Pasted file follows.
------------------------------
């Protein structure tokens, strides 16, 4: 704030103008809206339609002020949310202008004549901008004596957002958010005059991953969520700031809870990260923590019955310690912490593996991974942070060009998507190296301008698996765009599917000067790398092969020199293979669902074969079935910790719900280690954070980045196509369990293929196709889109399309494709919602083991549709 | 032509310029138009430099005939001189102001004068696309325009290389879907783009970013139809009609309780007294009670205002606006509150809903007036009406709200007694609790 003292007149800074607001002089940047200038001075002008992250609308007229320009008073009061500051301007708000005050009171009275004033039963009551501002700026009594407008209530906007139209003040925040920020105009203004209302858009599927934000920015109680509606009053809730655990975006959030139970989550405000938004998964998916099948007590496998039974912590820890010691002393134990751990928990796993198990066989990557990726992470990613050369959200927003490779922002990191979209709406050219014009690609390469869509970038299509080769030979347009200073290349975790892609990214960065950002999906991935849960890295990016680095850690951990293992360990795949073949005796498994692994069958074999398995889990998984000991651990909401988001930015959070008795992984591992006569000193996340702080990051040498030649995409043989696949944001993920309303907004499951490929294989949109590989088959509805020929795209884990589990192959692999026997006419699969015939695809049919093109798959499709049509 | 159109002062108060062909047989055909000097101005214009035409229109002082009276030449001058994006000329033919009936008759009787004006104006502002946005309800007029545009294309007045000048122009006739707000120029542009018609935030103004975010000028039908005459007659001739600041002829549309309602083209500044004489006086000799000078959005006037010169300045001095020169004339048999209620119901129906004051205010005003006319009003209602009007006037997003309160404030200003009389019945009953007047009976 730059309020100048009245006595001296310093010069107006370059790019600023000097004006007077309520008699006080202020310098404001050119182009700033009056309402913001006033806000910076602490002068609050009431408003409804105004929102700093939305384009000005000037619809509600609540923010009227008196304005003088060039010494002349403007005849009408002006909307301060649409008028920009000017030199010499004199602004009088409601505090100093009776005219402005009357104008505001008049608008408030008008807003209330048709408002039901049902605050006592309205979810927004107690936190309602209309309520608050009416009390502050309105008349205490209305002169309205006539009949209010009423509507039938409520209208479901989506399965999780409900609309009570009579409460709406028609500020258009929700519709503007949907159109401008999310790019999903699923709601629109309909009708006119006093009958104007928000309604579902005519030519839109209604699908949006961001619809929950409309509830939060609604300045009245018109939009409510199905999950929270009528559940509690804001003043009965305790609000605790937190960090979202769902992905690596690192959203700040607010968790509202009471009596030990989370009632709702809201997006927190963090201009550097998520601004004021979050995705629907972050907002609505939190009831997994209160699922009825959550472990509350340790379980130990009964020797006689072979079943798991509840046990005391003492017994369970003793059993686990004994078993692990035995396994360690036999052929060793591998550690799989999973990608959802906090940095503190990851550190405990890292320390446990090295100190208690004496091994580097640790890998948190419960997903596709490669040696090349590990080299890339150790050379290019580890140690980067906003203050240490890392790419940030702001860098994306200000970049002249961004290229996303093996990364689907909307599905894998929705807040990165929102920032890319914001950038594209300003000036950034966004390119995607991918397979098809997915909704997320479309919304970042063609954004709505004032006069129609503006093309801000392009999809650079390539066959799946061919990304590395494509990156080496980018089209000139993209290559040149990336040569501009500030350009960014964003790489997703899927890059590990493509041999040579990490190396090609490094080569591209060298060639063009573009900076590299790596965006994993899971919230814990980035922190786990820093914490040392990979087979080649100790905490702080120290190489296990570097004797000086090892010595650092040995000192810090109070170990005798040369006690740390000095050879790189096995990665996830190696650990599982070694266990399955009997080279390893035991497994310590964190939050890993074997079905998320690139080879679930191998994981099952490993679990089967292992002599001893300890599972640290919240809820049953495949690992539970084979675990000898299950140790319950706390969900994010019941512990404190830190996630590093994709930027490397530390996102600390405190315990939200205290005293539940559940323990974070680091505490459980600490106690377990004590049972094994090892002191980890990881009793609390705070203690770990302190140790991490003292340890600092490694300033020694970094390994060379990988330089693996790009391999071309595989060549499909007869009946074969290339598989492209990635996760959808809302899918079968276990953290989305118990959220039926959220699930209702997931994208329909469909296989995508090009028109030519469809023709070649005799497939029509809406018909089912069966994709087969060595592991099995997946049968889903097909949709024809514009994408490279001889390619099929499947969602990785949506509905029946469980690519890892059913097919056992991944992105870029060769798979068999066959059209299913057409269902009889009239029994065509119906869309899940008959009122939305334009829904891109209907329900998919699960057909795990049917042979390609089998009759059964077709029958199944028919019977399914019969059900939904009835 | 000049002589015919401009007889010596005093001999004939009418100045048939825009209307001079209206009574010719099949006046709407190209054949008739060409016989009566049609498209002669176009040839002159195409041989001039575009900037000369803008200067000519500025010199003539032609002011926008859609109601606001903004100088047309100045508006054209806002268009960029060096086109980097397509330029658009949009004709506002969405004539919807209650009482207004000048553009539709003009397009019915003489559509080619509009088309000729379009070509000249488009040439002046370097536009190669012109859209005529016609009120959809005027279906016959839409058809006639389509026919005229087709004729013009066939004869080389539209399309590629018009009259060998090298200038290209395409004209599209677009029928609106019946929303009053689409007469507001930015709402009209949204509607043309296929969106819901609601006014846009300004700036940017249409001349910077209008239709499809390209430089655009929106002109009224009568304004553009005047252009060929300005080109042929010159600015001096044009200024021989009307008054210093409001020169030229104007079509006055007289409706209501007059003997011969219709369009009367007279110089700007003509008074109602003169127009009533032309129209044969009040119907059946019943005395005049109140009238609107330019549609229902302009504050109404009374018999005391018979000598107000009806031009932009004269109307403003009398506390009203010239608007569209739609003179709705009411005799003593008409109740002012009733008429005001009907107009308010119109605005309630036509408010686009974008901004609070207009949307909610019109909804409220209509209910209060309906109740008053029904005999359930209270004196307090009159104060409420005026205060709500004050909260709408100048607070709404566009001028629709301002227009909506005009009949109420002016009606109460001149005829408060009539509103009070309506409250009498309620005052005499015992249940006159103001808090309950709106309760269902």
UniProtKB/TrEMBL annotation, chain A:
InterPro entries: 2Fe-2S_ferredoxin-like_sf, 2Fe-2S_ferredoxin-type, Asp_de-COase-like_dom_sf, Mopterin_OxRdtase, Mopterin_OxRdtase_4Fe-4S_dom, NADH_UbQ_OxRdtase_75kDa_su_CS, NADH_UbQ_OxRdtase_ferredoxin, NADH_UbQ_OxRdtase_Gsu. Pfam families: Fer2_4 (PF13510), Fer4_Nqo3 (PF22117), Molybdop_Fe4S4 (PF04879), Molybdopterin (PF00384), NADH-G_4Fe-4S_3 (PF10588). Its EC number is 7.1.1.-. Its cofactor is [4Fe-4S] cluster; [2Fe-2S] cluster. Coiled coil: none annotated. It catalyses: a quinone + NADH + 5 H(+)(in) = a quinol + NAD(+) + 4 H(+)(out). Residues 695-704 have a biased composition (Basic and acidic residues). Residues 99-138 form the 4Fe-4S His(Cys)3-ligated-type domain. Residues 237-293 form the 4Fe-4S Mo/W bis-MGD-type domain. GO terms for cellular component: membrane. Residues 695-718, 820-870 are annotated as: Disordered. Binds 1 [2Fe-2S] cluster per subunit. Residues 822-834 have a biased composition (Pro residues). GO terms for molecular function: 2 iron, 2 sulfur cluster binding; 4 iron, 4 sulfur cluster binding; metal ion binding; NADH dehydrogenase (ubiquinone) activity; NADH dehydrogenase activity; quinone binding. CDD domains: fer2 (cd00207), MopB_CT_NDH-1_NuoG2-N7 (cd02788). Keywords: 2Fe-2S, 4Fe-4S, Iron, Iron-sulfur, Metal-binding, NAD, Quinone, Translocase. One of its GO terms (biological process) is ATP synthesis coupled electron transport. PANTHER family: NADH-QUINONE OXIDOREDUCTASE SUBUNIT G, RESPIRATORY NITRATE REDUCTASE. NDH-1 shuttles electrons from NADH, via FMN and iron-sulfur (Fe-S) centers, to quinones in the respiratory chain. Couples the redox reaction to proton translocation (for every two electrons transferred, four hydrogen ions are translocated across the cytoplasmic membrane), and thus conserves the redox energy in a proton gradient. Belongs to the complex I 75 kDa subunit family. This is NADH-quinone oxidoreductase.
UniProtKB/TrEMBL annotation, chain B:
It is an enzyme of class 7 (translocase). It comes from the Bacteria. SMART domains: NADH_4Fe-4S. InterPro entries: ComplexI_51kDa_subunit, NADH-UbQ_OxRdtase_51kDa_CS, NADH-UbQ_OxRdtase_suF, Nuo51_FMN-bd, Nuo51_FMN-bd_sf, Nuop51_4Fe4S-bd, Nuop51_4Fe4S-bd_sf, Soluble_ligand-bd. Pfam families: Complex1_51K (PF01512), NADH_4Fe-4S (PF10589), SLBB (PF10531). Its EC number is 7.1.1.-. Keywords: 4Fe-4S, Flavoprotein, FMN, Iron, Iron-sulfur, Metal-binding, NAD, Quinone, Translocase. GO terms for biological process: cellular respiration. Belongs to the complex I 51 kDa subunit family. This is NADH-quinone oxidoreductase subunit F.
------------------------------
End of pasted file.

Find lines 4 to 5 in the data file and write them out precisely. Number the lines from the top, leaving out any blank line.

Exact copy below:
UniProtKB/TrEMBL annotation, chain B:
It is an enzyme of class 7 (translocase). It comes from the Bacteria. SMART domains: NADH_4Fe-4S. InterPro entries: ComplexI_51kDa_subunit, NADH-UbQ_OxRdtase_51kDa_CS, NADH-UbQ_OxRdtase_suF, Nuo51_FMN-bd, Nuo51_FMN-bd_sf, Nuop51_4Fe4S-bd, Nuop51_4Fe4S-bd_sf, Soluble_ligand-bd. Pfam families: Complex1_51K (PF01512), NADH_4Fe-4S (PF10589), SLBB (PF10531). Its EC number is 7.1.1.-. Keywords: 4Fe-4S, Flavoprotein, FMN, Iron, Iron-sulfur, Metal-binding, NAD, Quinone, Translocase. GO terms for biological process: cellular respiration. Belongs to the complex I 51 kDa subunit family. This is NADH-quinone oxidoreductase subunit F.